Researchers crack the ice to study the Arctic marine food web

Researchers crack the ice to study the Arctic marine food web
About 10 million years into the current Cenozoic Era, or roughly 56 million years ago, during a climate that was hot and wet, two groups of mammals moved from land to water. These were the cetaceans, which include whales, dolphins and porpoises, and the sirenians, which include sea cows, manatees and dugongs. Over time, their bodies began to adapt to their new environment. "It's an interesting example of evolution, and a natural experiment you don't normally have," says Mark T. Clementz, an associate professor of paleontology at the University of Wyoming's department of geology and geophysics. "The changes are so extreme, you can't really ignore them. By studying these groups, we can tease out the main environmental factors that affect mammalian groups as they move into a new environment, and a new ecosystem." Credit: Mark Clementz, Deptartment of Geology and Geophysics, University of Wyoming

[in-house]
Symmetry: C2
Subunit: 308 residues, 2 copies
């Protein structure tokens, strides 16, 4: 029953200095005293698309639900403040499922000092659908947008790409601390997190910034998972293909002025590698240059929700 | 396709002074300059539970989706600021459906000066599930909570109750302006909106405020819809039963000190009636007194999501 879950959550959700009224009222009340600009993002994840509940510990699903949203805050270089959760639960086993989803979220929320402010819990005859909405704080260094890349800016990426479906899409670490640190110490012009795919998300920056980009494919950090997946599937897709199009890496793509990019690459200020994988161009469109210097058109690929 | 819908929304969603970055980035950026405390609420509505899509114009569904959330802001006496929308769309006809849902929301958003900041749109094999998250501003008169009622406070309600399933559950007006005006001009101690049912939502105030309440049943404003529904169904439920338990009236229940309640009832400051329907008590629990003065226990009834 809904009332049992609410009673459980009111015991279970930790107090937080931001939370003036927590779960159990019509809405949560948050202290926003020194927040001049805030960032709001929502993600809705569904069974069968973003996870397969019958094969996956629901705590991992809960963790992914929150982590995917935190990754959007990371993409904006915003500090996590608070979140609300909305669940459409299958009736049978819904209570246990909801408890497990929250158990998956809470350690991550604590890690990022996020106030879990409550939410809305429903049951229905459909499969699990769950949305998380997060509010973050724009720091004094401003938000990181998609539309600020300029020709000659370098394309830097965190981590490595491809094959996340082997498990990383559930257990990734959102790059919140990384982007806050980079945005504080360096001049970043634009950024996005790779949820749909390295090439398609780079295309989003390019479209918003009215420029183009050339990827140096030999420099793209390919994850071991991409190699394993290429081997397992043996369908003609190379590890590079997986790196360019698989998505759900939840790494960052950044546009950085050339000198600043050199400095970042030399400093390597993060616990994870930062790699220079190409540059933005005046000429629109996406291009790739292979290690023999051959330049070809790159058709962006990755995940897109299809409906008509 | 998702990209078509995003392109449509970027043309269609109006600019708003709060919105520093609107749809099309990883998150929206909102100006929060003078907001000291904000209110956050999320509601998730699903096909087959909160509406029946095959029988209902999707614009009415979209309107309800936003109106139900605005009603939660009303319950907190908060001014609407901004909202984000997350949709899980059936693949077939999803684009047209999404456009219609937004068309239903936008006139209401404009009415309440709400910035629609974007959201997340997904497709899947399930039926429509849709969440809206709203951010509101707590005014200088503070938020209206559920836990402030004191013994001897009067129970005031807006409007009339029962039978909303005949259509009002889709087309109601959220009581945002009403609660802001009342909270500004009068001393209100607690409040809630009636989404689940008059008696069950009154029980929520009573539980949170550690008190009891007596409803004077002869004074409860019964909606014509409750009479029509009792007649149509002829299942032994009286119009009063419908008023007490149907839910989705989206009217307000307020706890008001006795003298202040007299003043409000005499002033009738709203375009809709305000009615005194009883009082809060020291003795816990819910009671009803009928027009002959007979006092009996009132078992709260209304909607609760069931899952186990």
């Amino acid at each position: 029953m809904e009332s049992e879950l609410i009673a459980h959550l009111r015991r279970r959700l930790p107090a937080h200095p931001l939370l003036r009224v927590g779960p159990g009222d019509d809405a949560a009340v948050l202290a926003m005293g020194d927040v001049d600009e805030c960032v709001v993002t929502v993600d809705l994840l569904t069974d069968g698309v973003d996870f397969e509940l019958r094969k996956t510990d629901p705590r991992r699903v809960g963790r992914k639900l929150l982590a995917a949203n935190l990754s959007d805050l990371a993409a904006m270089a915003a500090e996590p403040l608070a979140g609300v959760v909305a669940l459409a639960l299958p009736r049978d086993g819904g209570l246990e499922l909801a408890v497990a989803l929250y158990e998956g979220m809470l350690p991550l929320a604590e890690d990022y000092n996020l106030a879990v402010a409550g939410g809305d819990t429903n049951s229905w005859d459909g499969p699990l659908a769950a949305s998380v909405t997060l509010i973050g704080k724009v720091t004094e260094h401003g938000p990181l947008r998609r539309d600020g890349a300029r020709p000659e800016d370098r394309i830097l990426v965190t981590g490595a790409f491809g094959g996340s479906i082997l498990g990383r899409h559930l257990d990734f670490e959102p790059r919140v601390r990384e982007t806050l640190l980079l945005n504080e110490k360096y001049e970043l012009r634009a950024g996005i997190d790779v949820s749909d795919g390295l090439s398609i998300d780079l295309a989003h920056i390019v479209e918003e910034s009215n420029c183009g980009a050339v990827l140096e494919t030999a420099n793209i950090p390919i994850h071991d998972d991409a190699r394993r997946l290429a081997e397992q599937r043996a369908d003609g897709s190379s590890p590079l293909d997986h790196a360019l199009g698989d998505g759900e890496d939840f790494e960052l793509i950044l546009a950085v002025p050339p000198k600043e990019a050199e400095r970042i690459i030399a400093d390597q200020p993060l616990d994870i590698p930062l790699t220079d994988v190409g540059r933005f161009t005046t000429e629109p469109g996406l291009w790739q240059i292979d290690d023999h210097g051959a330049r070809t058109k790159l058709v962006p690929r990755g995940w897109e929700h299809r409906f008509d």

Scientists traveled to a town near the top of the world to study a creature at the bottom of the marine food chain—microscopic sea ice algae. Welcome to Barrow, Alaska, where a team of marine ecologists gears up to hit the sea ice—desolate terrain that is actually teaming with marine life.

With support from the National Science Foundation (NSF), Craig Aumack of Columbia University and a team have come here to investigate how algae in the sea ice contributes to the underlying marine ecosystems, and which depend on the algae for nutrition.

Some algae live dormant in the ice all winter, bloom when the spring sunshine kick-starts a growth cycle, and, eventually, migrate down to the bottom of the ice and enter the water column where they provide a nutritious dietary food source to many marine organisms.

Going forward, the could mean disruptions to the sea ice community, as well as loss of the ice habitat itself, likely affecting a near shore Arctic marine food web that begins with algae and ends with much larger creatures, such as whales and polar bears. Aumack says the algae could be considered a "canary in the coal mine" for climate change in the Arctic—early sentinels of a changing ecosystem.

Credit: NSF

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Citation: Researchers crack the ice to study the Arctic marine food web (2014, November 20) retrieved 12 May 2021 from
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